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Terror Plot Foiled

Aired May 9, 2012 - 04:00:00   ET




MADISON WATKINS (ph): Hi, my name is Madison Watkins (ph), 11th grader at Fayetteville High School in Fayetteville, Arkansas. My favorite teacher is Ms. Burnett (ph), because she`s always willing to help and is a great history teacher. We love you, Ms. Burnett (ph).


CARL AZUZ, HOST, CNN STUDENT NEWS: Nice job on that iReport, Madison (ph). We`re glad to see all of you tuning in to this midweek edition of CNN Student News. My name is Carl Azuz. Let`s get started.

First up, investigators are studying an explosive device that they say could have ended up on a plane heading to the United States. This is part of an alleged terror plot that officials say was broken up recently. They seized the explosive device and authorities say the person who intended to use it is no longer a threat.


AZUZ (voice-over): Intelligence agencies say this plot started in the nation of Yemen. That`s the home base for Al Qaeda in the Arabian Peninsula which has been described as the most dangerous Al Qaeda affiliate.

This group was behind several attempted plots, like the so-called Underwear Bomber in 2009. The officials who broke up this plot say the device was similar to ones that the terrorist group has used before, like the ones you`re seeing in this video. They say it never posed an immediate danger, but they also described it as much more sophisticated than previous explosives.

That`s causing concerns that the Al Qaeda group could be advancing its bombmaking techniques.

There are a lot of unanswered questions about this plot right now. How is it broken up? Where is the person who was planning to use the explosive? What officials have said is that this bomb was designed to slip past airport metal detectors. On Monday, Brian Todd was reporting on the possibility of that happening.

BRIAN TODD, CNN CORRESPONDENT: That is the huge question today. That is really being debated. Now Homeland Security Secretary Janet Napolitano and the chairman of the House Intelligence Committee, Mike Rodgers, have just said, essentially, last night and this morning, that they believe that these scanners would have detected this potential explosive.

But if you talk to terrorism experts and security experts, that is not at all clear, that even these so-called back-scatter, these body scanners would have detected it. You know, they`re -- and also these body scanners are not used in every airport overseas, not even used in every airport in the United States.

So it`s a question of implementing those where they need to be and, again, whether they are sophisticated right now, sophisticated enough to actually detect these types of bombs, and that is really not at all clear at this point.



UNIDENTIFIED FEMALE: Today`s Shoutout goes out to Ms. Staley`s social studies classes at Centennial Middle School in South Lyon, Michigan.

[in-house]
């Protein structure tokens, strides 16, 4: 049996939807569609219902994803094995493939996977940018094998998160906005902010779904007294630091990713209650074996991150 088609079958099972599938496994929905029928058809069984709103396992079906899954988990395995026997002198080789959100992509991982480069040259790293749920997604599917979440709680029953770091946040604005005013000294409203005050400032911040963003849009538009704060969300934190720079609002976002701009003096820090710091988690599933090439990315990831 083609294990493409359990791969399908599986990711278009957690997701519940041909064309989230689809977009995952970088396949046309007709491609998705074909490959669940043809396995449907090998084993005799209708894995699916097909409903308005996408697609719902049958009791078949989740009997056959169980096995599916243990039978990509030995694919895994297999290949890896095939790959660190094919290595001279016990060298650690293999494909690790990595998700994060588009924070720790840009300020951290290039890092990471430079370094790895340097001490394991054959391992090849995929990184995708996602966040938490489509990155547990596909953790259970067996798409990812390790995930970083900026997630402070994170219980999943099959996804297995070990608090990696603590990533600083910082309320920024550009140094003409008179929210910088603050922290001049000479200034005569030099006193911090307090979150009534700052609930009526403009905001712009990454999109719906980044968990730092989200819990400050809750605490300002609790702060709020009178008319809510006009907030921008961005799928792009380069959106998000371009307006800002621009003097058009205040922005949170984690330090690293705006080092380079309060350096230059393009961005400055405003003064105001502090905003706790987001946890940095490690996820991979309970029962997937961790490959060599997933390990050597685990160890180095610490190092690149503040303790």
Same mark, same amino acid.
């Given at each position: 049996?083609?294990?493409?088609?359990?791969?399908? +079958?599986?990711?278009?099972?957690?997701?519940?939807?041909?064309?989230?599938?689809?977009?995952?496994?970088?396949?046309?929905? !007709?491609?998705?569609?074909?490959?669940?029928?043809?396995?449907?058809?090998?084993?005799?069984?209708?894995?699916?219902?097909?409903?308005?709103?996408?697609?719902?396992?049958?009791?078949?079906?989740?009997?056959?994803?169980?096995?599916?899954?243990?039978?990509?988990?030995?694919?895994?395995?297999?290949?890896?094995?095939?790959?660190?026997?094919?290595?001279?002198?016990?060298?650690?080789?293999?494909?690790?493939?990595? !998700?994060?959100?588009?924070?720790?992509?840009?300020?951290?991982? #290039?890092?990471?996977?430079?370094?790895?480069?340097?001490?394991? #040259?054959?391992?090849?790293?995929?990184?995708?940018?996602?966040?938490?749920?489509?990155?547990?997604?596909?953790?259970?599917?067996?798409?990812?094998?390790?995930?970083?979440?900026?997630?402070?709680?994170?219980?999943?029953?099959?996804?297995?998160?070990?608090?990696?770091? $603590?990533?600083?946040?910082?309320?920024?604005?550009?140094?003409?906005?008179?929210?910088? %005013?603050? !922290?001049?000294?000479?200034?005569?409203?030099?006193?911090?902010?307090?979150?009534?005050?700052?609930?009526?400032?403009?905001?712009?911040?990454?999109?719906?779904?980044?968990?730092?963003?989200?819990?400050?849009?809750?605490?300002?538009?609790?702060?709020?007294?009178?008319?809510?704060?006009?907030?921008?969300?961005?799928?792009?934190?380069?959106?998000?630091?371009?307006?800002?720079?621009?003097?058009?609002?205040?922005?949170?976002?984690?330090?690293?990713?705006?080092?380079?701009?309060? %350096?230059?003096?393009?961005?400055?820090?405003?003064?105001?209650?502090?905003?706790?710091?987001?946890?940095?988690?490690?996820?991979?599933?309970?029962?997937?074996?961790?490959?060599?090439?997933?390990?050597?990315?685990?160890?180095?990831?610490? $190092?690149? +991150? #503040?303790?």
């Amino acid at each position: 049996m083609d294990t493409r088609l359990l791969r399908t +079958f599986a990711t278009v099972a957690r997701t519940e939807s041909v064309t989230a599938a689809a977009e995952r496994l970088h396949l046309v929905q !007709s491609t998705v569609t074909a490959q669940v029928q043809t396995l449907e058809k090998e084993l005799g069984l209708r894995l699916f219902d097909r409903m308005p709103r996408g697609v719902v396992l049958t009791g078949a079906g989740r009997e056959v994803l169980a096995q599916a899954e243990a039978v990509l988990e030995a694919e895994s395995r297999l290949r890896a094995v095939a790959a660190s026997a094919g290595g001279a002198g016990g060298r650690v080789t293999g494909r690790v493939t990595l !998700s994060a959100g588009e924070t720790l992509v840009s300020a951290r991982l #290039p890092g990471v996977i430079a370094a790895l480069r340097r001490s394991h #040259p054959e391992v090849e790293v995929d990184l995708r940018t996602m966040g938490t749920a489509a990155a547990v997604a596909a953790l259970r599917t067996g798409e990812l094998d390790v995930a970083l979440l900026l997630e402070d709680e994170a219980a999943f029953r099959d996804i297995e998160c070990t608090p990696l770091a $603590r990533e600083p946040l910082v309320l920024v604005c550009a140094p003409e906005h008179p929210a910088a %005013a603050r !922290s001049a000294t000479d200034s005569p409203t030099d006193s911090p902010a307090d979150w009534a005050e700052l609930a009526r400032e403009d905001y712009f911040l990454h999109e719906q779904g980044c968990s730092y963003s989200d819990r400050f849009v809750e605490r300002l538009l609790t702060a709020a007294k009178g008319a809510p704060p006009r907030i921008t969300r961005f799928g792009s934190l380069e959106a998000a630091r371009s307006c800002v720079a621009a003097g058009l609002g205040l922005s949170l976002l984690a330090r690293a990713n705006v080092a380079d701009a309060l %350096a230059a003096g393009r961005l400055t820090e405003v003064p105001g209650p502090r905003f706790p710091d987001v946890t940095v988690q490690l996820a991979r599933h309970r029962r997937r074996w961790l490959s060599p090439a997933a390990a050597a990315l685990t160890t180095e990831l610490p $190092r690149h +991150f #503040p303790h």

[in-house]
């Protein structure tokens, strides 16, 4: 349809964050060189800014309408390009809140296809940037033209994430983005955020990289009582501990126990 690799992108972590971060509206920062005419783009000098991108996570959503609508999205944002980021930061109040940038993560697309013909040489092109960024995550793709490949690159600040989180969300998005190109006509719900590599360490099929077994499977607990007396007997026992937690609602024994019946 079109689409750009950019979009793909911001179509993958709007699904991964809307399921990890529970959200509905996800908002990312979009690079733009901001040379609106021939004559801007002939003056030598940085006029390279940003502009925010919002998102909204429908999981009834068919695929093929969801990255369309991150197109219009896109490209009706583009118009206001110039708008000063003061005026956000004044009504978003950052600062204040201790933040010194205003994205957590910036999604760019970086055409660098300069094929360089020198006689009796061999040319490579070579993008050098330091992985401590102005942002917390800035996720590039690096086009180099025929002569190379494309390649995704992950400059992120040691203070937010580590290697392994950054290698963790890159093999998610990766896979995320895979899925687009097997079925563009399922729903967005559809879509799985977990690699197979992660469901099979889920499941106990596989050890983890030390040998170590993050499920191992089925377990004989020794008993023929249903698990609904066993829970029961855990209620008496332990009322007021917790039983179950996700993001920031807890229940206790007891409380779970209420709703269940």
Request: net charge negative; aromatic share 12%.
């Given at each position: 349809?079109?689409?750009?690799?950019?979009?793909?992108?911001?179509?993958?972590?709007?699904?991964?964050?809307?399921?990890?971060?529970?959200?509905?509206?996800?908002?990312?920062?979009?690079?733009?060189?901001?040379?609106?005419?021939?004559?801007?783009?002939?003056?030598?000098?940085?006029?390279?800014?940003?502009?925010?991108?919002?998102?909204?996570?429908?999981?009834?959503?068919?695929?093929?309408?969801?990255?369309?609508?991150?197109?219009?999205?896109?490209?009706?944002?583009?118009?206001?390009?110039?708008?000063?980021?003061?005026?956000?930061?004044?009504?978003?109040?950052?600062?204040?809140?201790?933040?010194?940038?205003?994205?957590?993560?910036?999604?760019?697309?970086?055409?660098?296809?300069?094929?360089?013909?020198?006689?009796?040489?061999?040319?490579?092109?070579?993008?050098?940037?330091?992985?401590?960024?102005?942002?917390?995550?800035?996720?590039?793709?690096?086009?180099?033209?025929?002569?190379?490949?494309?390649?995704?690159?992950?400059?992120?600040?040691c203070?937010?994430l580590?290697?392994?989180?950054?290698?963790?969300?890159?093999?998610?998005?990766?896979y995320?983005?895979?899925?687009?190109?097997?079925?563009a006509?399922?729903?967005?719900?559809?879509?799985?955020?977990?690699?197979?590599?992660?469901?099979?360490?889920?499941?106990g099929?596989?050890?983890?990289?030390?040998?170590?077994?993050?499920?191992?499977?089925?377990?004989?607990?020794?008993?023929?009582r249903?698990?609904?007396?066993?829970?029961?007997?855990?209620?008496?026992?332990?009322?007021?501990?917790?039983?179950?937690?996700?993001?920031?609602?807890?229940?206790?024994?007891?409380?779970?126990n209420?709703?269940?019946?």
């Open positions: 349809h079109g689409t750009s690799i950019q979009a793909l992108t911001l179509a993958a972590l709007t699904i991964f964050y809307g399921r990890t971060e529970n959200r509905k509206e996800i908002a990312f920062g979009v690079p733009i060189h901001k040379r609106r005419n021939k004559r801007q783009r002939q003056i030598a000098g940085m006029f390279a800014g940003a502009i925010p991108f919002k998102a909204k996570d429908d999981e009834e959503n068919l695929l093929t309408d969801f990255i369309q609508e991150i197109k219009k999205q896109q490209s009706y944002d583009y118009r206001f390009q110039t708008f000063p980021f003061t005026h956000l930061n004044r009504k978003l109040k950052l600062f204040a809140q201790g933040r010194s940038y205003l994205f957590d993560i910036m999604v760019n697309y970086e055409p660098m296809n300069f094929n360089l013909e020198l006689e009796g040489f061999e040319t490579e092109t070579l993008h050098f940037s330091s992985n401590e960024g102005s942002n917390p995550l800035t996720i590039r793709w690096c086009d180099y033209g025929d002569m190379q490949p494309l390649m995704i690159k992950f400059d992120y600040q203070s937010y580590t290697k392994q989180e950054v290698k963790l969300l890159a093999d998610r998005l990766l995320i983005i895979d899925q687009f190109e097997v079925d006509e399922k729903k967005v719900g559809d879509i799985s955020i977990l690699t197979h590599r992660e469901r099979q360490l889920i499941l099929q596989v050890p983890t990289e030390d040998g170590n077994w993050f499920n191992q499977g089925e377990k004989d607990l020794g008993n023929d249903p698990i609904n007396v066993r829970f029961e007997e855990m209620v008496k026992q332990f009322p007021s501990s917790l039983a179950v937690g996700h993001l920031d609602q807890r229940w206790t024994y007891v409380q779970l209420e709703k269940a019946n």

Which of these was one of the original 13 American colonies? You know what to do. Was it Maine, Florida, Vermont or North Carolina? You`ve got three seconds, go.

North Carolina is the only option that was an original colony. That`s your answer and that`s your Shoutout.


AZUZ: You probably learned about North Carolina`s Lost Colony in school. In 1587, Governor John White left about 100 English settlers on Roanoke Island when he went to England to get supplies. When he back to North Carolina in 1590, everyone had disappeared. Erin Hartness of affiliate RAWL reports on some possible clues in this centuries-old investigation.


UNIDENTIFIED MALE: Lead on to the ship.

ERIN HARTNESS, CNN CORRESPONDENT (voice-over): Year after year, actors reenact the story of a lost colony for enthralled audiences. Now the 400-plus year mystery just got its big break.

BRENT LANE, DIRECTOR, UNC CENTER FOR COMPETITIVE ECONOMIES: This is the first solid clue that searchers for the colonists of the Roanoke Colony have had in 400 years.

HARTNESS (voice-over): The clue is found on this map, created from Sir Walter Raleigh`s first expedition to the New World.

LANE: What`s curious about this map is that while it`s highly accurate and very details, it contained two patches.

HARTNESS (voice-over): Lane says nobody had ever thought to look under those patches in 400 years. Researchers in Britain, where the map is housed, found this under one patch.

LANE: It turned out that it concealed a large symbol consistent with the sort of forts that were being built.

HARTNESS (voice-over): Lane says that likely means this was the location for a second English colony, the city would have been named Raleigh. Researchers discovered what they believe to be invisible ink written on top of the patch.

So Sir Walter Raleigh could likely show the map to the Queen or investors without most people knowing his plans. Raleigh would have been especially trying to hide them from the Spanish.